Mary Poppins (played by Emily Blunt), is a super nanny. For some reason she's connected to this particular family, had tended to the siblings Ben Whishaw and Emily Mortimer when they were kids and now arrives when trouble is brewing in their life. Ben's lost his wife, isn't doing too well financially (it's the time of the Great Slump), his house is about to get repossessed by evil bankers (headed by Colin Firth) and his 3 adorable kids are having to mature, become worldly way too soon due to their circumstances. Cue the return of Mary Poppins and soon the children are dancing, singing and believing in the impossible once again. The other characters include Lin-Manuel Miranda, Julie Walters, Meryl Streep (in little more than a cameo).

Emily Blunt is incandescent, am a huge fan and she didn't disappoint. The kids are lovely, everything you'd want them to be. But the rest of the movie meanders. Too much song, too much dance and too little story. I love The Sound of Music, has to be one of my, if not THE, all time favourites, so it's not that I'm against musicals but (I was mentally comparing) in Sound of Music, almost every song advanced / was critical to the story. Here, there were many instances of song for song's sake. And the story was too simplistic, highly predictable.

Probably a one time watch if you're a fan of the actor or the genre. And definitely worth showing the young ones (upto early teens) - perhaps kids nowadays age too fast and this could be an antidote.

KGF Mini Movie Review

Rating 8 / 10

I didn't have time to watch when it released and wasn't sure about making the effort to go to the cinema vs waiting for it to come on TV.

Boy, am I glad I did! This movie is best enjoyed in the theatre.

The story is implausible, from a macro perspective there is nothing new, yet it is engaging. And it unfolds at a breathless pace- there isn't a moment's rest, something happening on the screen literally every minute and there are enough twists and turns, revelations to keep you invested in the big screen (don't think anyone around me looked at their mobile phones through the film).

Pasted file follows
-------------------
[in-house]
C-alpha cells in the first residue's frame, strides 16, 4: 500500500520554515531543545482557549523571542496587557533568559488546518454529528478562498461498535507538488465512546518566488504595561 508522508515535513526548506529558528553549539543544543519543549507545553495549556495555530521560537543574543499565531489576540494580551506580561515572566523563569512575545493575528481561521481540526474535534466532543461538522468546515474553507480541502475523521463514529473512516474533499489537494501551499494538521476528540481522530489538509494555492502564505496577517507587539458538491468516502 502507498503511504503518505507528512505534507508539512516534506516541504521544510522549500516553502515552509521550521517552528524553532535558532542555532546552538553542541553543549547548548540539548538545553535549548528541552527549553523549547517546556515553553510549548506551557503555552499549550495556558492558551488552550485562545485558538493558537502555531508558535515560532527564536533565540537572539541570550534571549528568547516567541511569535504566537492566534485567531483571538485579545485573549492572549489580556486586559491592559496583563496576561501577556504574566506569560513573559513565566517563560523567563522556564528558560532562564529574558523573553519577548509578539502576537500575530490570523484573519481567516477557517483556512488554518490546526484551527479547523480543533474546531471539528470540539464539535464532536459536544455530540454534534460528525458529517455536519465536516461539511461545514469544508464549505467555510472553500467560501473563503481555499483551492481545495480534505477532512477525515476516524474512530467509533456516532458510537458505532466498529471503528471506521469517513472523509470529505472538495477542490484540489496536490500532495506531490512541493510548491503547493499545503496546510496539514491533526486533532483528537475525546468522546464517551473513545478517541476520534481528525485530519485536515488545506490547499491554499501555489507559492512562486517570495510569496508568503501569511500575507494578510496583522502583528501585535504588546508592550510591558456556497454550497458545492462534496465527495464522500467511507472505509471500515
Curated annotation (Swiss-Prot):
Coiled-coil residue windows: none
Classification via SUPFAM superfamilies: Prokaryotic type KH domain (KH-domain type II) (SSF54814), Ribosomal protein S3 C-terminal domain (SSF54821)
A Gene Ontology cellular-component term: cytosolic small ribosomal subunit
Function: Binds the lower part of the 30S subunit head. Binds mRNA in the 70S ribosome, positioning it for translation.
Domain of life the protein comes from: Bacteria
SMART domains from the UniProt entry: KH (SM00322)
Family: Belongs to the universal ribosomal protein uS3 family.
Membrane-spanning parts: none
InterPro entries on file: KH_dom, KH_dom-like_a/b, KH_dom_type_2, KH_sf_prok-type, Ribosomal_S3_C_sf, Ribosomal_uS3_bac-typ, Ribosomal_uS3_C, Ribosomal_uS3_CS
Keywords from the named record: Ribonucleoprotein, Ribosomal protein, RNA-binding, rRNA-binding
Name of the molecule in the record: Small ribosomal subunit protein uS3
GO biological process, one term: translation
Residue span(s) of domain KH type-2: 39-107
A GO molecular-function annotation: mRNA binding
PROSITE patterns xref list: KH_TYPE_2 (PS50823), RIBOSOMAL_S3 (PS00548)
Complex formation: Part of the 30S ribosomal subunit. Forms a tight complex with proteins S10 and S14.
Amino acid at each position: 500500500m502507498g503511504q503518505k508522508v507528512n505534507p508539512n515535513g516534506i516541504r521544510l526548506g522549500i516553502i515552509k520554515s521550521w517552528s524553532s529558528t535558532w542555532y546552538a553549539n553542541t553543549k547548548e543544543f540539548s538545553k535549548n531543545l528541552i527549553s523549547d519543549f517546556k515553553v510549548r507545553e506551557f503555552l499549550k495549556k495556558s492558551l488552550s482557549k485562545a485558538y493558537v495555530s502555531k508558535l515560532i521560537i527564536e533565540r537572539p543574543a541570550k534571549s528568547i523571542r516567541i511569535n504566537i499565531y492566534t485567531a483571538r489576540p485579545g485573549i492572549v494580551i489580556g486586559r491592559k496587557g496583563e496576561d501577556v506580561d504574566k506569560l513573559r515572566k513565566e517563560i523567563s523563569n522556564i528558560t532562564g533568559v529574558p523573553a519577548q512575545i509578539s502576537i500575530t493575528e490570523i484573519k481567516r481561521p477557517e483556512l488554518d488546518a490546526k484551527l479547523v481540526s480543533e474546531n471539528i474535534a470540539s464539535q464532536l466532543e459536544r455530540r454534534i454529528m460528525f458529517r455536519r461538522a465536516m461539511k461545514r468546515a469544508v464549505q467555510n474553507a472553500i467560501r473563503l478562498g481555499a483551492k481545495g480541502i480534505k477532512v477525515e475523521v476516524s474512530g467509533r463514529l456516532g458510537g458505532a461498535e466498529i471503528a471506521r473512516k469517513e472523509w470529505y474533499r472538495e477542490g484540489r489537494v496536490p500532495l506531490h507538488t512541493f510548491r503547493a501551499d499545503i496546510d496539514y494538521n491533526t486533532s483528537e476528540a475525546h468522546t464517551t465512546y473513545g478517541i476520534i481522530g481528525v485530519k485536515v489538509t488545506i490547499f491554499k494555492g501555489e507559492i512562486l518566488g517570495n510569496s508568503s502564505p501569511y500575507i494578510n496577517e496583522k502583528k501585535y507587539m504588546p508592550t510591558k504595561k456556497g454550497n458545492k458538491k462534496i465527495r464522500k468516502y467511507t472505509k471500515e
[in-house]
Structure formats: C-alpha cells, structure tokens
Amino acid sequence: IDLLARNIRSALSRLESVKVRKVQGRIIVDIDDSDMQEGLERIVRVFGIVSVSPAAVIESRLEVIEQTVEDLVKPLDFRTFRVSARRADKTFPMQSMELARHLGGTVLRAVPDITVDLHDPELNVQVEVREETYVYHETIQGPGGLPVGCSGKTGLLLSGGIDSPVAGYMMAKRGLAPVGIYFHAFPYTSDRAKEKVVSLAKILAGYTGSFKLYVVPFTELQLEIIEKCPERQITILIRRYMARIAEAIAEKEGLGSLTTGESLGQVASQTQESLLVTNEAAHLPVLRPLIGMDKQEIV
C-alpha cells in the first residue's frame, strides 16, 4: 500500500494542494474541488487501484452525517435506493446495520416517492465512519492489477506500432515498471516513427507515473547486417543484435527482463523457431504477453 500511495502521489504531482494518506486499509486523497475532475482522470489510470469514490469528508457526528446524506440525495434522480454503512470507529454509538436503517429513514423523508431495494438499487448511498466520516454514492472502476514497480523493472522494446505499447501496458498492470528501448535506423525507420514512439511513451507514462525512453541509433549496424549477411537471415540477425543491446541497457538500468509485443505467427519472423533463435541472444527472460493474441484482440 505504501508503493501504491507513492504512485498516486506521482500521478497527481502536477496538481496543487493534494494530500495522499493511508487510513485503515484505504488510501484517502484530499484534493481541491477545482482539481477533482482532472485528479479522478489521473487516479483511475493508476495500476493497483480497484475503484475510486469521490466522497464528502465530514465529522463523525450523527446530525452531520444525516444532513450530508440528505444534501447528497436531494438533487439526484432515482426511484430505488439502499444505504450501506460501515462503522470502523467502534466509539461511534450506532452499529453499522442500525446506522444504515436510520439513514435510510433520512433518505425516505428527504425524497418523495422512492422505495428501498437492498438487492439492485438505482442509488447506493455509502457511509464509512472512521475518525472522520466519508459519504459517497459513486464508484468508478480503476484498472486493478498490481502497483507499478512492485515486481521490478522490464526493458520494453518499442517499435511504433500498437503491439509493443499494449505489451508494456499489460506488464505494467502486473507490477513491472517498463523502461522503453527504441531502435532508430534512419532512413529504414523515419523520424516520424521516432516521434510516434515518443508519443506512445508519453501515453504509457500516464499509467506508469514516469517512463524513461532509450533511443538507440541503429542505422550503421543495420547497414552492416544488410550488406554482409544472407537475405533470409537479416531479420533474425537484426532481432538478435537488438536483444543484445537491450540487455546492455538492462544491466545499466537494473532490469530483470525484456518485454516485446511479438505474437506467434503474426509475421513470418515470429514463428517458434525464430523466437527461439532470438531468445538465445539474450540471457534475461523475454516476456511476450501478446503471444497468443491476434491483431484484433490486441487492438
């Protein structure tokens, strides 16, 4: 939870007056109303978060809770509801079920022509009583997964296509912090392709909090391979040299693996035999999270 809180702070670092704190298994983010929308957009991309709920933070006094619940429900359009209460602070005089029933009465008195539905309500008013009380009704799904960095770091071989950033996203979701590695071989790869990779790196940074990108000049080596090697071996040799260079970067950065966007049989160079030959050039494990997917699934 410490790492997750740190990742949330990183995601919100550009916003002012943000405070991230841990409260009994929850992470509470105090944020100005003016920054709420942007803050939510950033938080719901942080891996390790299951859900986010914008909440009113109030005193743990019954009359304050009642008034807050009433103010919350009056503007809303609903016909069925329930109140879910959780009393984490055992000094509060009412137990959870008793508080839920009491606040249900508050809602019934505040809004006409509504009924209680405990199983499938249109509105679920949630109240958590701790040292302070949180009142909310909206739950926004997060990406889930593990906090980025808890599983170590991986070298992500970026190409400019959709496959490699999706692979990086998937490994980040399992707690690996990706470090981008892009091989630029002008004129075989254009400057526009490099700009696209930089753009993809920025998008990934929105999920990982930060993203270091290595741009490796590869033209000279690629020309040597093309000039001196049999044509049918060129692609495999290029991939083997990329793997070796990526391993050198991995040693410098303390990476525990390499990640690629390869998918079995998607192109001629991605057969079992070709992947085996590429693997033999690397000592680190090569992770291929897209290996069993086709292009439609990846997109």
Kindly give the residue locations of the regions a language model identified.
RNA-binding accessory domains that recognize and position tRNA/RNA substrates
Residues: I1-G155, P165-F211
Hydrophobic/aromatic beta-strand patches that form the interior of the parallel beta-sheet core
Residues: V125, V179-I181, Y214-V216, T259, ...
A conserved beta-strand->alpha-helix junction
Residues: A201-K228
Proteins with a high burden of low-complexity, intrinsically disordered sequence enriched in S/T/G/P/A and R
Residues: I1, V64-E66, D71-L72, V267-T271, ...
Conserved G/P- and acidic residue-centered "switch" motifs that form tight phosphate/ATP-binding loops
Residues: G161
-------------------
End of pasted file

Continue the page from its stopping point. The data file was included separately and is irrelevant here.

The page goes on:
Yash is a fatherless child, brought up by his feisty mom, who wants to instil bravery, fearlessness in her son and makes him promise to her, just before her death, that he will become rich and famous one day. His journey takes him to Bombay, begins working for a don and then makes a name for himself. His journey then takes him to Bangalore, where he meets his love interest (Srinidhi Shetty, who plays a spoilt PYT with elan). And then, finally, he arrives at Kolar Gold Fields.

What keeps it interesting is the editing (frequent cuts back and forth, the story being told as a flashback, and even some future snippets - from Part 2), the action sequences (frequent slow mo, brutal, kept simple, and some nice touches of humour), awesome visuals (I think South Indian directors / camerapersons are ahead of their Hindi counterparts in this aspect of their craft) and the sequential introduction of villains. As a kid, Yash believes the Don he works for is the most powerful man in Mumbai. But then one day he sees him saluting someone else. And then, when that journey takes him to Bangalore, he realises there are even bigger fish (or crocodiles), and that he still doesn't have the big picture. Also, quite interestingly, they don't show songs in full, just a couple of minutes at a time, so keeps the engagement going, not letting the story or the tension flag. There are shades of Mr Natwarlal (the mining story), Deewar (Yash as a kid is a shoe shine boy) and the superhero persona of Amitabh Bachchan from his earlier action movies and it's all done well.

Hadn't seen any of Yash's previous films but now want to. His presence, demeanour is spot on. And, given my body shape, am glad his physique isn't about obscene muscles but he's just well built with a family pack !